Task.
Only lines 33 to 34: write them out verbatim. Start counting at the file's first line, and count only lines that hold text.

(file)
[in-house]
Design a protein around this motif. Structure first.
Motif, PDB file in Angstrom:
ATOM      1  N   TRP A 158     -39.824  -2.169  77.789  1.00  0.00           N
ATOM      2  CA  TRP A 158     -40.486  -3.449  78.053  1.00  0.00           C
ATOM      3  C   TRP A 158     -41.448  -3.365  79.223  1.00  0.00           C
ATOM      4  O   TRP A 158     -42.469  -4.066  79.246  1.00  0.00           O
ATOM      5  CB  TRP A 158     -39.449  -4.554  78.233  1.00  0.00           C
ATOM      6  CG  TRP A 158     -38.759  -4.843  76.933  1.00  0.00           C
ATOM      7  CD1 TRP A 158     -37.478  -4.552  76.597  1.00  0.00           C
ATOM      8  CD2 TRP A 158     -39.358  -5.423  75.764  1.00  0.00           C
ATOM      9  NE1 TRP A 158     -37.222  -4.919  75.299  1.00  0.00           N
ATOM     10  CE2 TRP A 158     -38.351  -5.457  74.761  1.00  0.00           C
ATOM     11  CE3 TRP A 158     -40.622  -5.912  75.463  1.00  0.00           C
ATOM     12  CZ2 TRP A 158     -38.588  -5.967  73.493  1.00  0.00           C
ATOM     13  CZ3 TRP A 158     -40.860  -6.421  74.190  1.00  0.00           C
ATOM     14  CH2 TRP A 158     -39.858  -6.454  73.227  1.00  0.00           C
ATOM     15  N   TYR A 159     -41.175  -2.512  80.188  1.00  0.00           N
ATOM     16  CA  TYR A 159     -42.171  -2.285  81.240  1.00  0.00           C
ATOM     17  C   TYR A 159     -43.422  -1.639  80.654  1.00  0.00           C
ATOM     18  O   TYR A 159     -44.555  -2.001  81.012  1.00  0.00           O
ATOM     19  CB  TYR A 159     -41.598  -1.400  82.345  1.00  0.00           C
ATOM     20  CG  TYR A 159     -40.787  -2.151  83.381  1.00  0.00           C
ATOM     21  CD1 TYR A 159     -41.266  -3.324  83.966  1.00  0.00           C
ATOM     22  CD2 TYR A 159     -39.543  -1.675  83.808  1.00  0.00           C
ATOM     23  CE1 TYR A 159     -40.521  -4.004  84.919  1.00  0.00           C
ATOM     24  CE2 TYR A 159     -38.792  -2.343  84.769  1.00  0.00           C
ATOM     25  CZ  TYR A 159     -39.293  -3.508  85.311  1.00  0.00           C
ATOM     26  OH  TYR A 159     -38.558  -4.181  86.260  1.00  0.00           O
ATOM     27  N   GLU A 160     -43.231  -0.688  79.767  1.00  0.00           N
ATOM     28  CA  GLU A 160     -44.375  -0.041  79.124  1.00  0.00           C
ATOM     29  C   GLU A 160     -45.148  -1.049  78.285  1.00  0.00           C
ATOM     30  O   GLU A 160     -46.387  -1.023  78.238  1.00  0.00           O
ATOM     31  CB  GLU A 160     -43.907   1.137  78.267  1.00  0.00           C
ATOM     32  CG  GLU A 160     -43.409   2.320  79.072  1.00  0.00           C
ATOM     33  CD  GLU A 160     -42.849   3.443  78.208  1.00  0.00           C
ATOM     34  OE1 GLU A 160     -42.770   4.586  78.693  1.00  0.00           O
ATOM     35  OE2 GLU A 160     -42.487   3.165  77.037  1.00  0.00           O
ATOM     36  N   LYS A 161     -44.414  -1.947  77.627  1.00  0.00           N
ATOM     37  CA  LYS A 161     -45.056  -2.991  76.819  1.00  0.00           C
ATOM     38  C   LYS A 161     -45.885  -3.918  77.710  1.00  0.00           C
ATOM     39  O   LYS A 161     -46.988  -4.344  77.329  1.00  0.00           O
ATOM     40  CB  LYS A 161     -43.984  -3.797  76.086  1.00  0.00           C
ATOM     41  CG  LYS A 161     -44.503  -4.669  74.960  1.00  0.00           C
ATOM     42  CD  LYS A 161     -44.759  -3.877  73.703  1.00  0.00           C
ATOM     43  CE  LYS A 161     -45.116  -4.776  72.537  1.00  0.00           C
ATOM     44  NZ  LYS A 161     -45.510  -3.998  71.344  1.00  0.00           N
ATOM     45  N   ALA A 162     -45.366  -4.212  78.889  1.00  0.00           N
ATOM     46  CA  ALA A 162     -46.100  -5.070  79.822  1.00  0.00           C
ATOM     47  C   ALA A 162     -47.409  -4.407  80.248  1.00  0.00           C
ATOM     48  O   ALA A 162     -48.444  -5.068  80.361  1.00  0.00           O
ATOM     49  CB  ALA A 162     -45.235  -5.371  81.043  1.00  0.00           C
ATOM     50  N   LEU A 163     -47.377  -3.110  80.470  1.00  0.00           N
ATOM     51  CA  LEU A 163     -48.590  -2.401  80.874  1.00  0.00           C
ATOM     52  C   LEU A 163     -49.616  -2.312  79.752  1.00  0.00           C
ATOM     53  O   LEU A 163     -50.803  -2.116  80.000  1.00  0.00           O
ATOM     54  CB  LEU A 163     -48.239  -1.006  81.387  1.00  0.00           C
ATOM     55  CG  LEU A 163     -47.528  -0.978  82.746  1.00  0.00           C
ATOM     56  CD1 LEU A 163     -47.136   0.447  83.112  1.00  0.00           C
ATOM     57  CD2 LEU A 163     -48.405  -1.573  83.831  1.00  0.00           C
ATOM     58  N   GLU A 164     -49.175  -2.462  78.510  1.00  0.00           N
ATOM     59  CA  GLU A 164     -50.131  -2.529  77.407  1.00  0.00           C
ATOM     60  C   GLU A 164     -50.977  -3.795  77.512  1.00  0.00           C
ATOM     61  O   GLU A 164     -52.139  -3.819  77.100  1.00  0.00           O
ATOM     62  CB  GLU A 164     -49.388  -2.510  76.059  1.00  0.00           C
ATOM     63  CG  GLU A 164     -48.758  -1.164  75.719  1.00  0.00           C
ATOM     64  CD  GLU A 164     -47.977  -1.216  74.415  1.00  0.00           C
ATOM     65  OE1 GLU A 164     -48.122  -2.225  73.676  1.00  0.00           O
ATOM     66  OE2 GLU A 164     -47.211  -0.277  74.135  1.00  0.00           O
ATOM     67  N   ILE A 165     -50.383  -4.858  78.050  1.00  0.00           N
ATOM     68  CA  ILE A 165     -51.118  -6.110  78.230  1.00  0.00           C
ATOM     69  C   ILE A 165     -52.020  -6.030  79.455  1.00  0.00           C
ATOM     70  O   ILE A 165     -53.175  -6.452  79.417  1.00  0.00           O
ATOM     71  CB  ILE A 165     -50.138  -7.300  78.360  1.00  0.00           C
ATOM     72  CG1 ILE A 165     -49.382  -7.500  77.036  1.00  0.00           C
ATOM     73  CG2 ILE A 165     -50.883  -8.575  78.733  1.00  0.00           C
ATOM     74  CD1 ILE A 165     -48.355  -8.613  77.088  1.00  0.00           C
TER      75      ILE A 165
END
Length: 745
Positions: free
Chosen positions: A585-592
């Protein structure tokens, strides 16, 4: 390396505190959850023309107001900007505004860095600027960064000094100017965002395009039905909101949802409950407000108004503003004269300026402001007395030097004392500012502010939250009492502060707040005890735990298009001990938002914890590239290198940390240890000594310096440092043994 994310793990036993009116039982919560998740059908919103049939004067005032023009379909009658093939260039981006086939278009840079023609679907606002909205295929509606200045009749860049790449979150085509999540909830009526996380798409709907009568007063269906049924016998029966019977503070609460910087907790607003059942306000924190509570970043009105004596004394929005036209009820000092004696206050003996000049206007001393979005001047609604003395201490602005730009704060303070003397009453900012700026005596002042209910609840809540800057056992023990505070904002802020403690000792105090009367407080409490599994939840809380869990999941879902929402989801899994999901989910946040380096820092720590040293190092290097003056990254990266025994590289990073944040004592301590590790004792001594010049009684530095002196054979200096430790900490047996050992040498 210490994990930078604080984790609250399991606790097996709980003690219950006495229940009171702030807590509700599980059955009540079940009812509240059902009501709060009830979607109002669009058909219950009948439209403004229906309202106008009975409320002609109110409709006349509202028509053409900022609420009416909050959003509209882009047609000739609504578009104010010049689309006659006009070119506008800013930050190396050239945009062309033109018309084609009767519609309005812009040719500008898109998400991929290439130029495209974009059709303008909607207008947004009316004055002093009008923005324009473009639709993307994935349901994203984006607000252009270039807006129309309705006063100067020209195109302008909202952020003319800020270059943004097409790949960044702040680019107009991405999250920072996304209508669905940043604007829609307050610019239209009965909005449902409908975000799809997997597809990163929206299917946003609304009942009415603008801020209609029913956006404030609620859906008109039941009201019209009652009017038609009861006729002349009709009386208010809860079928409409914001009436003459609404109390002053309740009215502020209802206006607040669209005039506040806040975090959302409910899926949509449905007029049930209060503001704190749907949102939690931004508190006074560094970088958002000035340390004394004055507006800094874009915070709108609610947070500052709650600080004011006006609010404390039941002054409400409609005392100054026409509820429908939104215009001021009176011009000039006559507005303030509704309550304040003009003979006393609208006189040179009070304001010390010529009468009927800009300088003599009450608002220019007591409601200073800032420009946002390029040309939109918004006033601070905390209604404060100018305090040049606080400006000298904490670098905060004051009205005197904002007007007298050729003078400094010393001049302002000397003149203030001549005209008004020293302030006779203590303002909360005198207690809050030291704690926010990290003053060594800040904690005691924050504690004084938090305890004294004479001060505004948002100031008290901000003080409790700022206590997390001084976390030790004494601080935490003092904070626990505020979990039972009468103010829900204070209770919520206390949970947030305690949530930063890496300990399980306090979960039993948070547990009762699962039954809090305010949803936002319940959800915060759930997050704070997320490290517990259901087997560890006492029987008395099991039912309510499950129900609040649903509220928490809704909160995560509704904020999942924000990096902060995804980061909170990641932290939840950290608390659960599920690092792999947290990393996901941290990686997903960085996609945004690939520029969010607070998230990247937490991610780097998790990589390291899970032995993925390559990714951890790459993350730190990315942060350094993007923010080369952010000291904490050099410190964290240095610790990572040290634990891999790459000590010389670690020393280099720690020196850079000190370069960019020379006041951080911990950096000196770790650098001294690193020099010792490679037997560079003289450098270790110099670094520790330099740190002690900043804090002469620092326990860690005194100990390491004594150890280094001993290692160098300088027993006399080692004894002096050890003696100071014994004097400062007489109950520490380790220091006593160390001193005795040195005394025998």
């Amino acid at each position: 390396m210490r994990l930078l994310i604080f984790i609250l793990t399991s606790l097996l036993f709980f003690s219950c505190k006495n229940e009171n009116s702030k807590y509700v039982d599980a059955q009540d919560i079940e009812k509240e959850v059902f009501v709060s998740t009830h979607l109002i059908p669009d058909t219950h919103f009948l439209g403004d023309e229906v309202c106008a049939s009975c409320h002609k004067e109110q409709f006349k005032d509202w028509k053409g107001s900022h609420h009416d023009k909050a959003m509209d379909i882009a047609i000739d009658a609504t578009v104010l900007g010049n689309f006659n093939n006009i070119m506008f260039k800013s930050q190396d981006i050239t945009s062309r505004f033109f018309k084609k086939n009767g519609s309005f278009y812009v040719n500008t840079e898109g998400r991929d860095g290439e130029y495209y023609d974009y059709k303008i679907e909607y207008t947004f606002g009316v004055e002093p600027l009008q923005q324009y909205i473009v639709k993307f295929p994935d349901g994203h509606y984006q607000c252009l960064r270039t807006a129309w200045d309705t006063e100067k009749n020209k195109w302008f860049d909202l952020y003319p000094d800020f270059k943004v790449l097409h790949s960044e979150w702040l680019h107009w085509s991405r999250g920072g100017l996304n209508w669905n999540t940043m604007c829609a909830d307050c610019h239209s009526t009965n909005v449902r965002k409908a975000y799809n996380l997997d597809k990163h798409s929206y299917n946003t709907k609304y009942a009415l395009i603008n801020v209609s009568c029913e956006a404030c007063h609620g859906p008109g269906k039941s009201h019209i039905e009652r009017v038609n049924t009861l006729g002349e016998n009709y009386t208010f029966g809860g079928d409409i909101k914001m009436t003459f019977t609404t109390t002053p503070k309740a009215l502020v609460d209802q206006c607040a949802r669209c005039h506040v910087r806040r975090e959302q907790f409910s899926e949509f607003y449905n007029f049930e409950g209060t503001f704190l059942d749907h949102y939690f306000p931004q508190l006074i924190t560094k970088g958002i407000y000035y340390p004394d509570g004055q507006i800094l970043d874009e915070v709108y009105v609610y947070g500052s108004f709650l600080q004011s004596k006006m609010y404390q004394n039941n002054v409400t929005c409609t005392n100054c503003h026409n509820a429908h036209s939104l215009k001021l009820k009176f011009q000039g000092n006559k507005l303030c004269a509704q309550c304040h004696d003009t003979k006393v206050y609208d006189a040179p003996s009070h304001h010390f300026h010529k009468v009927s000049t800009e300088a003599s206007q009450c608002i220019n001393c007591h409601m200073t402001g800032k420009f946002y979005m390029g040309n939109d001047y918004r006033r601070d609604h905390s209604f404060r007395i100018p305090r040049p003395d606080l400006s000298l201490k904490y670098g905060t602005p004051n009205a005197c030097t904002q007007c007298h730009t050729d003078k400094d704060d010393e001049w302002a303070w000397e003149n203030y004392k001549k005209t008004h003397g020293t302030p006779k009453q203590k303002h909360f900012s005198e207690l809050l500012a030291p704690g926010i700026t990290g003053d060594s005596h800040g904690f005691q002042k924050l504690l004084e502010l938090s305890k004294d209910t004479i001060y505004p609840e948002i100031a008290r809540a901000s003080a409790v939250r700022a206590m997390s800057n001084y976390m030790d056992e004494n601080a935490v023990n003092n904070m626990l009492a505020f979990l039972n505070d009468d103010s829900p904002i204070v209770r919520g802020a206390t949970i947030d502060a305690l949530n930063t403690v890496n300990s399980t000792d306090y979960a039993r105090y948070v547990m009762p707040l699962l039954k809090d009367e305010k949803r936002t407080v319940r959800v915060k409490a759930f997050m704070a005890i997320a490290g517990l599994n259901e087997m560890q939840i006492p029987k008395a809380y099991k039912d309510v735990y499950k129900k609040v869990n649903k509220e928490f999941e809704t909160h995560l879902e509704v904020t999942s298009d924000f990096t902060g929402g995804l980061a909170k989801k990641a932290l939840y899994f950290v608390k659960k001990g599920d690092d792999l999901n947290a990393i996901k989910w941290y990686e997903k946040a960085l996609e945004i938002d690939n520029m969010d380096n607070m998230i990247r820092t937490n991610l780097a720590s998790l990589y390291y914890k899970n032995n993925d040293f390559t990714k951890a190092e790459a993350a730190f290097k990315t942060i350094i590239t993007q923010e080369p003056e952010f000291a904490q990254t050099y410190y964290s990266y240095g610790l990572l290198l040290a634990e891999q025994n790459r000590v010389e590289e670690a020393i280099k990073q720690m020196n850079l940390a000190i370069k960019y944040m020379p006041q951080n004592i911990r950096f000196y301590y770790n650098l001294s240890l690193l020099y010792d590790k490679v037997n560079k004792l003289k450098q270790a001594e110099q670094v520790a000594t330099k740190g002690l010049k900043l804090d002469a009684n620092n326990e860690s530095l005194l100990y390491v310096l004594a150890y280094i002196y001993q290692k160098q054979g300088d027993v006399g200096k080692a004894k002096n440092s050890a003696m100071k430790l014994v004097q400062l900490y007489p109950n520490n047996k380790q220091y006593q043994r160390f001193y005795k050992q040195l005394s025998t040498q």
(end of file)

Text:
ATOM     30  O   GLU A 160     -46.387  -1.023  78.238  1.00  0.00           O
ATOM     31  CB  GLU A 160     -43.907   1.137  78.267  1.00  0.00           C